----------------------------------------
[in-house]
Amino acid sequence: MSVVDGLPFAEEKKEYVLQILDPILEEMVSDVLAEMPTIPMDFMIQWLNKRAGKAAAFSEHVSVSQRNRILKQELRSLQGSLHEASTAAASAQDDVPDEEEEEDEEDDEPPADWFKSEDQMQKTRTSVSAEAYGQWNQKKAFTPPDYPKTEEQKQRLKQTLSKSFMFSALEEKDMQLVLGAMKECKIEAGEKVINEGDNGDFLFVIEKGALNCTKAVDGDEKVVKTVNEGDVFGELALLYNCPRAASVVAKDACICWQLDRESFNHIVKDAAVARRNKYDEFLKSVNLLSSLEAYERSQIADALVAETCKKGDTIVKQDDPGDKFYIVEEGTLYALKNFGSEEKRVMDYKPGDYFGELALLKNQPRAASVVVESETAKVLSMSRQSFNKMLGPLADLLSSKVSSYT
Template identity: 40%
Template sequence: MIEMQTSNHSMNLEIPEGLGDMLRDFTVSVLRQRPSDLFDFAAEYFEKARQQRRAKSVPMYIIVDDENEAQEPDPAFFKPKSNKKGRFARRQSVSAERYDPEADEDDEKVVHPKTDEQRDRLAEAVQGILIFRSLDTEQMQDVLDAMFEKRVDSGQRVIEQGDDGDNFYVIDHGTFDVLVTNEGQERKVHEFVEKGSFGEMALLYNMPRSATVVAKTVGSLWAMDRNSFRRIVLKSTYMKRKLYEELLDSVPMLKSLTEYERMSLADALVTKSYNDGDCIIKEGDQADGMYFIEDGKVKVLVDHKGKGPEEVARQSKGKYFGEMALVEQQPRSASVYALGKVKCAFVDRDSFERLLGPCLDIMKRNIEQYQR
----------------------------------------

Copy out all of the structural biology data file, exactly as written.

[in-house]
Amino acid sequence: MSVVDGLPFAEEKKEYVLQILDPILEEMVSDVLAEMPTIPMDFMIQWLNKRAGKAAAFSEHVSVSQRNRILKQELRSLQGSLHEASTAAASAQDDVPDEEEEEDEEDDEPPADWFKSEDQMQKTRTSVSAEAYGQWNQKKAFTPPDYPKTEEQKQRLKQTLSKSFMFSALEEKDMQLVLGAMKECKIEAGEKVINEGDNGDFLFVIEKGALNCTKAVDGDEKVVKTVNEGDVFGELALLYNCPRAASVVAKDACICWQLDRESFNHIVKDAAVARRNKYDEFLKSVNLLSSLEAYERSQIADALVAETCKKGDTIVKQDDPGDKFYIVEEGTLYALKNFGSEEKRVMDYKPGDYFGELALLKNQPRAASVVVESETAKVLSMSRQSFNKMLGPLADLLSSKVSSYT
Template identity: 40%
Template sequence: MIEMQTSNHSMNLEIPEGLGDMLRDFTVSVLRQRPSDLFDFAAEYFEKARQQRRAKSVPMYIIVDDENEAQEPDPAFFKPKSNKKGRFARRQSVSAERYDPEADEDDEKVVHPKTDEQRDRLAEAVQGILIFRSLDTEQMQDVLDAMFEKRVDSGQRVIEQGDDGDNFYVIDHGTFDVLVTNEGQERKVHEFVEKGSFGEMALLYNMPRSATVVAKTVGSLWAMDRNSFRRIVLKSTYMKRKLYEELLDSVPMLKSLTEYERMSLADALVTKSYNDGDCIIKEGDQADGMYFIEDGKVKVLVDHKGKGPEEVARQSKGKYFGEMALVEQQPRSASVYALGKVKCAFVDRDSFERLLGPCLDIMKRNIEQYQR